The only way it’s going to change is if conservatives stop paying attention to what their elected officials are saying and start paying attention to what they’re doing on behalf of lobbyists.
The battle for the corporation, unlike academia and the media, isn’t a lost cause. But it actually needs to be fought. And one of the best tools for that fight is duplicating the Left’s infrastructure for monitoring the interactions between politicians and corporate interests, and demanding that the politicians represent conservatives, not just their campaign war chests, with corporations.
Conservatives view the corporate landscape as an amorphous free market while leftists see friendly and unfriendly companies. After generations of this, the market has become a lot more leftist and a lot less free. Conservatives need a better response to this crisis than to roll out the old claims about their commitment to a free system which failed in academia and the media.
Instead, conservatives may need to start viewing corporations in the same way, using political power to pressure companies into adopting conservative positions, funding conservative priorities, and protecting the civil rights of conservatives, while crippling the business interests of companies that serve as the major funders of leftist agendas and deny conservative civil rights.
Imagine if Republican legislators actually used government contracts, copyright law, and regulatory oversight to extract meaningful cultural concessions, instead of just campaign contributions, from AT&T, Disney, and Facebook: just to name a few examples.
If you want to imagine a country where conservatives aren’t just fighting a rear-guard action against an ascendant radical movement that is taking over everything, that’s the place to start.
This may strike some free market fundamentalists as anathema, but a better word is survival.
There is nothing free about a market controlled by a Big Tech oligarchy, a handful of multinationals and giant chains, and corporate fronts for Chinese business interests.
The only way to ‘free’ the market is to make it more open by demolishing the oligarchy.
Facebook and Twitter censorship may be what conservatives see immediately, but the big picture is the erasure of conservatism as a movement from America.
It didn’t have to happen. It still doesn’t.
Conservatives have lost their grip on many key institutions, but they still have a foothold on political power. The question is whether they’re willing to use it before they lose that too.
Congress shall make no law respecting an establishment of religion, or prohibiting the free exercise thereof; or abridging the freedom of speech, or of the press; or the right of the people peaceably to assemble, and to petition the government for a redress of grievances.
Maine Center For Public Interest Reporting – Three Part Series: A CRITICAL LOOK AT MAINE’S WIND ACT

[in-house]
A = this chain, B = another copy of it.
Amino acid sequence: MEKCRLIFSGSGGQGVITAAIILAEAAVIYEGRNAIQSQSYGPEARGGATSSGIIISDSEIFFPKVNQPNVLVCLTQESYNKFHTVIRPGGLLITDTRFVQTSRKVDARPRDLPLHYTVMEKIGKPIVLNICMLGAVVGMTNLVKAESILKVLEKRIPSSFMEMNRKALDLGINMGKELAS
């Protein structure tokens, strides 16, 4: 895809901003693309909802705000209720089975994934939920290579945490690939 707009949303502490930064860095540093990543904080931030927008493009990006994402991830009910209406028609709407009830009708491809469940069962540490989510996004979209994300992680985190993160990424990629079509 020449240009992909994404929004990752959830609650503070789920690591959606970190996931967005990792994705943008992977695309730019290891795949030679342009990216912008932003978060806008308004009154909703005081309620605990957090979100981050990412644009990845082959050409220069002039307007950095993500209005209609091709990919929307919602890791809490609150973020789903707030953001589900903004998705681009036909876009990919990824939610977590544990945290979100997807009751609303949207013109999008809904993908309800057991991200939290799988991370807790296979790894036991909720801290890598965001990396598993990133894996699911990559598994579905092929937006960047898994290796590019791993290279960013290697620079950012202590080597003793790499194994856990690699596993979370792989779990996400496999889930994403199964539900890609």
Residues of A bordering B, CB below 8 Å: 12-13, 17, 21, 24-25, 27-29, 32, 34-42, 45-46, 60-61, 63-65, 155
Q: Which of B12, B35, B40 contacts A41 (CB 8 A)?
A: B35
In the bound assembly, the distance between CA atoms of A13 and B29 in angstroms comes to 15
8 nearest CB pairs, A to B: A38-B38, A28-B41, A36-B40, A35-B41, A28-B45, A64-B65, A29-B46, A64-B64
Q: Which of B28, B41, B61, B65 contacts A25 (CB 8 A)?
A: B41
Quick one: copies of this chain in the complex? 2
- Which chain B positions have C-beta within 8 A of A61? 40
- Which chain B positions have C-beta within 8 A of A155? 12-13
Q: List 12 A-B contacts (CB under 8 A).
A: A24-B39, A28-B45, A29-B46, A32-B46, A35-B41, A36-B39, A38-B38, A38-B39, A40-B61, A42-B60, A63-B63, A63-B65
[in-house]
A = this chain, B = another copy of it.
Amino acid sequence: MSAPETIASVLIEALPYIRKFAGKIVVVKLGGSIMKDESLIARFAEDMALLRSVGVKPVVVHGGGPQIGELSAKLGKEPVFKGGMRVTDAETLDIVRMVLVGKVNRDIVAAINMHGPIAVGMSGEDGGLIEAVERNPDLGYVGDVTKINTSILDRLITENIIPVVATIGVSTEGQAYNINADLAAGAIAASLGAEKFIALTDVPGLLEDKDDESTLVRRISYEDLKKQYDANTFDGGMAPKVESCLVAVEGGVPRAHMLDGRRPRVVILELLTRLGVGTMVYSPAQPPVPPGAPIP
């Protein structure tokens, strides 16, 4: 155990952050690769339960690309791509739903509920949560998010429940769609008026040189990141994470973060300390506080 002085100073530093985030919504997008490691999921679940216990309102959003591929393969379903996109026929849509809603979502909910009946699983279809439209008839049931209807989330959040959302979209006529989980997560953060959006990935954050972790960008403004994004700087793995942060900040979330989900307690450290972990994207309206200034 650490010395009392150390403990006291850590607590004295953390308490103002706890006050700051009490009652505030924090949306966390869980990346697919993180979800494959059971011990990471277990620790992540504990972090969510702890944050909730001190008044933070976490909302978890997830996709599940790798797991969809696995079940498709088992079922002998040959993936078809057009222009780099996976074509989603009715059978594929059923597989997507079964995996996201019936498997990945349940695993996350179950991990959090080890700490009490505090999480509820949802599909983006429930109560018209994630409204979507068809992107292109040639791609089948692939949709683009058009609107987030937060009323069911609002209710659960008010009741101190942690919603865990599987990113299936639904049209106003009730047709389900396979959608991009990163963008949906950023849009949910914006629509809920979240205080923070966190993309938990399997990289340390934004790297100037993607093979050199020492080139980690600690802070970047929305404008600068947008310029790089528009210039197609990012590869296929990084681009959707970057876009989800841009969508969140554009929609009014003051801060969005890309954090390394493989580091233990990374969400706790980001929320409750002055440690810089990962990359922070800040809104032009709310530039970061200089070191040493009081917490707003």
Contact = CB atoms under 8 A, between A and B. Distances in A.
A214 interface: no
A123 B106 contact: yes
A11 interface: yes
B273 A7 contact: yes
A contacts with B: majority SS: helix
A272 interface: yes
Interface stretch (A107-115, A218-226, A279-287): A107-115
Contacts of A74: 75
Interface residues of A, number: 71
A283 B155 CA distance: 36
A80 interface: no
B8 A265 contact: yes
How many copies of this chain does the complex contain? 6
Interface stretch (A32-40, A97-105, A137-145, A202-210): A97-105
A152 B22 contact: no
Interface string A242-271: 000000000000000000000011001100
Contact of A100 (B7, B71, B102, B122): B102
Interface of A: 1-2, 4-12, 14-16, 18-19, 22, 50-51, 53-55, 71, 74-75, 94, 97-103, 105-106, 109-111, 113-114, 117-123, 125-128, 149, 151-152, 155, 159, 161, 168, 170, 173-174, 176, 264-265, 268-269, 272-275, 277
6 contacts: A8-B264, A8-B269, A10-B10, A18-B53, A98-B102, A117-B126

******** IF LINKS BELOW DON'T WORK, GOOGLE THEM*********
(excerpts) From Part 1 – On Maine’s Wind Law “Once the committee passed the wind energy bill on to the full House and Senate, lawmakers there didn’t even debate it. They passed it unanimously and with no discussion. House Majority Leader Hannah Pingree, a Democrat from North Haven, says legislators probably didn’t know how many turbines would be constructed in Maine if the law’s goals were met." . – Maine Center for Public Interest Reporting, August 2010 https://www.pinetreewatchdog.org/wind-power-bandwagon-hits-bumps-in-the-road-3/From Part 2 – On Wind and Oil Yet using wind energy doesn’t lower dependence on imported foreign oil. That’s because the majority of imported oil in Maine is used for heating and transportation. And switching our dependence from foreign oil to Maine-produced electricity isn’t likely to happen very soon, says Bartlett. “Right now, people can’t switch to electric cars and heating – if they did, we’d be in trouble.” So was one of the fundamental premises of the task force false, or at least misleading?" https://www.pinetreewatchdog.org/wind-swept-task-force-set-the-rules/From Part 3 – On Wind-Required New Transmission Lines Finally, the building of enormous, high-voltage transmission lines that the regional electricity system operator says are required to move substantial amounts of wind power to markets south of Maine was never even discussed by the task force – an omission that Mills said will come to haunt the state.“If you try to put 2,500 or 3,000 megawatts in northern or eastern Maine – oh, my god, try to build the transmission!” said Mills. “It’s not just the towers, it’s the lines – that’s when I begin to think that the goal is a little farfetched.” https://www.pinetreewatchdog.org/flaws-in-bill-like-skating-with-dull-skates/
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Hannah Pingree on the Maine expedited wind law
Hannah Pingree - Director of Maine's Office of Innovation and the Future
"Once the committee passed the wind energy bill on to the full House and Senate, lawmakers there didn’t even debate it. They passed it unanimously and with no discussion. House Majority Leader Hannah Pingree, a Democrat from North Haven, says legislators probably didn’t know how many turbines would be constructed in Maine."